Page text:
Number of Scots in temporary accommodation up by a quarter during pandemic
The number of Scots being housed in temporary accommodation increased by more than a quarter during the Covid-19 pandemic, the latest homelessness figures show.
Scottish Government statistics showed that as of September 30 last year there were 14,151 households in temporary accommodation – a 24% increase on the same date in 2019.
Over that period, the number being housed in bed and breakfast population virtually doubled: rising by 99% from 710 in September 2019 to 1,414 the following year.
Charity campaigners at Crisis said the record numbers of people being housed in temporary accommodation meant some would have to struggle without access to proper cooking and laundry facilities.
Authorities across Scotland acted to move rough sleepers off the streets at the start of the coronavirus pandemic last year.
Crisis chief executive, Jon Sparkes, said: “At the start of the pandemic our priority was supporting people off the streets and ensuring they had safe, self-contained accommodation.
“There is no doubt that extraordinary action by national and local government, as well as homelessness services, saved lives from both coronavirus and the cold, but these interventions are short-term solutions.”
He added: “We’ve seen huge progress in ending rough sleeping in Scotland. This has led to record numbers of people living in temporary accommodation, with many people being left without access to proper laundry or cooking facilities.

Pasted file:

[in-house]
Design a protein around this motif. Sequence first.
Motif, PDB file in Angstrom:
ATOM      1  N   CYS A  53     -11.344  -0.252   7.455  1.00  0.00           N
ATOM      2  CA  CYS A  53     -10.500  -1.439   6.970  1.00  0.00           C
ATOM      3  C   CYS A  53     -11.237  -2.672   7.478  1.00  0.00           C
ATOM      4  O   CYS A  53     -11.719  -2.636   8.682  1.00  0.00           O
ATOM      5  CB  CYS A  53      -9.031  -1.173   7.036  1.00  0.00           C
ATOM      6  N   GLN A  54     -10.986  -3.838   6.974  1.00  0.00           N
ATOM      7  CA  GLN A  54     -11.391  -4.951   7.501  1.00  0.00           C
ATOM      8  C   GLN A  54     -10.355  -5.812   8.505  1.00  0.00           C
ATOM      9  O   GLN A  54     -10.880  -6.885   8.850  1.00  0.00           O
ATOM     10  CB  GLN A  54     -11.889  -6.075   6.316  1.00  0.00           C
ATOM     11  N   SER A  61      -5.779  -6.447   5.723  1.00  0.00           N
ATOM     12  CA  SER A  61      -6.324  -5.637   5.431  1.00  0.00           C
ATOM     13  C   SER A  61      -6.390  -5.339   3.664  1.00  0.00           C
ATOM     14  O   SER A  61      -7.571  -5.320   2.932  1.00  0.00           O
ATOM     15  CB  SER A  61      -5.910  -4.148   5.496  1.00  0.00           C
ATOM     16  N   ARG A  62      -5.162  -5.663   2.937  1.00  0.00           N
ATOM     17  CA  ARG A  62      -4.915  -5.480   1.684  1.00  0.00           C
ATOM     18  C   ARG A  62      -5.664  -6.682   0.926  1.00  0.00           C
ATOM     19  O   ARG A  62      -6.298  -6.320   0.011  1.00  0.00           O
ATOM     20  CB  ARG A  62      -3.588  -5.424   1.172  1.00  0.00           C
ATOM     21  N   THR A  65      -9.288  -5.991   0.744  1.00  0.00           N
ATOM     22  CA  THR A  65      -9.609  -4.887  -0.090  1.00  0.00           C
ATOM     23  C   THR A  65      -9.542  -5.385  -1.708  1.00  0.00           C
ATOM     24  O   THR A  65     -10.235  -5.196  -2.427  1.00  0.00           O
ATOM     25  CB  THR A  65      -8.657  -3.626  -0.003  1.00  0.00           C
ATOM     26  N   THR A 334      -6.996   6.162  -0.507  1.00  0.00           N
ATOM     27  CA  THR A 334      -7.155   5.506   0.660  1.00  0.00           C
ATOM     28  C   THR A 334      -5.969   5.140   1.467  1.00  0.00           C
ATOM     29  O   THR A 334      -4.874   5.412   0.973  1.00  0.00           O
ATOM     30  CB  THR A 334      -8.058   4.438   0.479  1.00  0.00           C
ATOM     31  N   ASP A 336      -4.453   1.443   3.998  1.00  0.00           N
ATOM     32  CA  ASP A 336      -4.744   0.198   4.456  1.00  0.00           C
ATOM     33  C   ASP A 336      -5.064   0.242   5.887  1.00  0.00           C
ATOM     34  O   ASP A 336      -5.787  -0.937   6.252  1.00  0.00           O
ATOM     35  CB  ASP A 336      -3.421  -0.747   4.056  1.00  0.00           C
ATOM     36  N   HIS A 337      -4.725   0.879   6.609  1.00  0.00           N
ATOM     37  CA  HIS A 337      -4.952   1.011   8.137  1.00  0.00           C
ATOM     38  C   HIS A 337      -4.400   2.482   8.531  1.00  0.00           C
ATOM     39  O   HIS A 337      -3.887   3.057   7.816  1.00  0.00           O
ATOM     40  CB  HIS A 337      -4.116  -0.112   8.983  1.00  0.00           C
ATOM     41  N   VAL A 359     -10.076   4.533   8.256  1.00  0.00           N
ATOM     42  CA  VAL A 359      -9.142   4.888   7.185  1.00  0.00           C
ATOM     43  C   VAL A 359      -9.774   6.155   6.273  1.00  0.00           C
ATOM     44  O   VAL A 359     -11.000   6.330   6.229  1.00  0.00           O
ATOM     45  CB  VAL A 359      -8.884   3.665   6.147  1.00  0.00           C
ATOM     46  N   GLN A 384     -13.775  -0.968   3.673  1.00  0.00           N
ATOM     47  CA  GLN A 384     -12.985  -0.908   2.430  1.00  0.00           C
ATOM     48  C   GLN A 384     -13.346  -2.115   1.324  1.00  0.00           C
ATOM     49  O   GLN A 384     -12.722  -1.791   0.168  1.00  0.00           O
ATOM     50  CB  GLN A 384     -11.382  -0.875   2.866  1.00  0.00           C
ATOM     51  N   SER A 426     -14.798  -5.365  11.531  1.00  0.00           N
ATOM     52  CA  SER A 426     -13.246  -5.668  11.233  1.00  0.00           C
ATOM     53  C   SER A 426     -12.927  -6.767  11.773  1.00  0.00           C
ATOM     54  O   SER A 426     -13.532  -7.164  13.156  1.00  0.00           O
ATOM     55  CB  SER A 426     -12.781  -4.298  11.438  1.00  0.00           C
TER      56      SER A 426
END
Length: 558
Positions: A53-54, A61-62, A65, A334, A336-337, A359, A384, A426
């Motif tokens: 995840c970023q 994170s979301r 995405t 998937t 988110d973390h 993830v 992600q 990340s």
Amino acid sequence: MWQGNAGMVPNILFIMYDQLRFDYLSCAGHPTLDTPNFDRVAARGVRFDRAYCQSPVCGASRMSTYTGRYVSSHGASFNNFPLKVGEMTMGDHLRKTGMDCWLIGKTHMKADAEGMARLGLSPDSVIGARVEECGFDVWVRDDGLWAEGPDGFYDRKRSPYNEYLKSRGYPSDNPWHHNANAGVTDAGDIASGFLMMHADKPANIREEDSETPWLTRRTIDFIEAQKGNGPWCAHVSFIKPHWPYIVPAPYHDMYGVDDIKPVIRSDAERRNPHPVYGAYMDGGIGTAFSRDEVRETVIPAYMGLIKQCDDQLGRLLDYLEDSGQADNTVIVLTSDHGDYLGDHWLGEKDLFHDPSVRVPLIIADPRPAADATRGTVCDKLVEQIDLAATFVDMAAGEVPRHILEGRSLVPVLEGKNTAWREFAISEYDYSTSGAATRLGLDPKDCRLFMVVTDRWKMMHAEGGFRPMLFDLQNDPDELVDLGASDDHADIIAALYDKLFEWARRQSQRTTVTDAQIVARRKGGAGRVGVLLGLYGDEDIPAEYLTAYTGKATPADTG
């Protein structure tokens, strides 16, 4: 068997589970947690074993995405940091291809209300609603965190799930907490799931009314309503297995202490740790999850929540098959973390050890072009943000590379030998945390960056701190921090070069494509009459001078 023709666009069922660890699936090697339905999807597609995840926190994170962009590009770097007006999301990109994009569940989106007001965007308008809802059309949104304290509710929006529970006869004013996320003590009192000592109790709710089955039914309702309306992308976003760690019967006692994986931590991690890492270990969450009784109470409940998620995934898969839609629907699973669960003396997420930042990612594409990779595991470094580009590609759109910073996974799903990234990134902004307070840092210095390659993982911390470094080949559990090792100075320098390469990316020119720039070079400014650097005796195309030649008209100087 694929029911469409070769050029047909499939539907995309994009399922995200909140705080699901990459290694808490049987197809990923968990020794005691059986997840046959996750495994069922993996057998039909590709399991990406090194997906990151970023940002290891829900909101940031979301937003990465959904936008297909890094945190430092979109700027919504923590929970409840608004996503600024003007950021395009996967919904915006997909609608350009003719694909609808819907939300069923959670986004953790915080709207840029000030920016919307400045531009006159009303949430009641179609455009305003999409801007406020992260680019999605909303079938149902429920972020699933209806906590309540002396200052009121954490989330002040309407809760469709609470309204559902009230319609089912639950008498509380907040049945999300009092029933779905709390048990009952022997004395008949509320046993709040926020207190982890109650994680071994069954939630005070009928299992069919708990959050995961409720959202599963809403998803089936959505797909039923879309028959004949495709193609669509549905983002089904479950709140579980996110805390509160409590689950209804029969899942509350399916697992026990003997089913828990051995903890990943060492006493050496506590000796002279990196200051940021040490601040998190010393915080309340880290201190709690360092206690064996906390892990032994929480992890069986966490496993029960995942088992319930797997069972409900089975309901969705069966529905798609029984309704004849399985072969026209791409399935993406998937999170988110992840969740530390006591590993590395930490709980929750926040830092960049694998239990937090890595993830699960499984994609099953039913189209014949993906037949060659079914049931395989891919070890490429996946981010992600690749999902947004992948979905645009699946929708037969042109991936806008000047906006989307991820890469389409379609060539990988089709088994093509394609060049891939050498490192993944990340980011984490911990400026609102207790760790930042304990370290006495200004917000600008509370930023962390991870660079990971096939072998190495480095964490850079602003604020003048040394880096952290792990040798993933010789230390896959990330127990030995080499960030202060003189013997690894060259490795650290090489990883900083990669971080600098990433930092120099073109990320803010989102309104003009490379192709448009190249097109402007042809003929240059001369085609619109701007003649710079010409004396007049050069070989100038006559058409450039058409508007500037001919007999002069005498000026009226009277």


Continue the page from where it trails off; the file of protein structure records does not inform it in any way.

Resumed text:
“We now need to see action to ensure these people are supported quickly into safe and settled homes.”
Despite the increase in the numbers living in temporary accommodation, the figures showed a decrease in the number of people seeking help for homelessness.
Between April and September 2020 a total of 16,997 homeless applications were received – 10% less than the same period in 2019.
Meanwhile, there were 13,645 households which were assessed as being homeless over the same period, a drop of 14% over the year.
The report explained some councils had seen a reduction in the numbers coming forward for help as “households were reluctant to approach homelessness services while Covid-19 guidelines advised households to remain at home, meaning households whose housing needs were less urgent opted to remain in their current accommodation”.
In addition to this, a reduction in evictions, due to emergency coronavirus legislation temporarily extending eviction notice periods, had also helped reduce the number of people needing assistance.
Housing minister, Kevin Stewart, stressed the Scottish Government did not want homeless people being housed in temporary accommodation for longer than necessary.
He said: “Since the start of lockdown, our priority has been to keep people safe from Covid-19 and housing people without a settled home in temporary accommodation was a public health imperative to keep people safe.
“Temporary accommodation can offer an important safety net, but it should be a short-term measure – we do not want to see anyone in temporary accommodation for longer than is absolutely necessary.
“We are now providing £30 million to local authorities and working hard to move people into a settled home.”
The minister added: “This is the first set of official homelessness statistics for which coronavirus restrictions were in place for the full reporting period, and the trends can largely be explained by the Scottish Government’s range of actions to keep people safe in the pandemic, such as the introduction of stay at home guidance and our extension of eviction notice periods.”
Mr Stewart stressed the Scottish Government remained “committed to ending rough sleeping and homelessness”, adding that an action plan had been produced which “lays out how we will get there”.
He continued: “The provision of homes is an important part of that and I am proud we have led the way on affordable housing, having delivered almost 100,000 since 2007, more than 68,000 of which were for social rent.
“Our Housing to 2040 strategy, launched this month, has set a target of delivering another 100,000 by 2032, and we are investing £3.5 billion in housing over the next five years to help support this work.”
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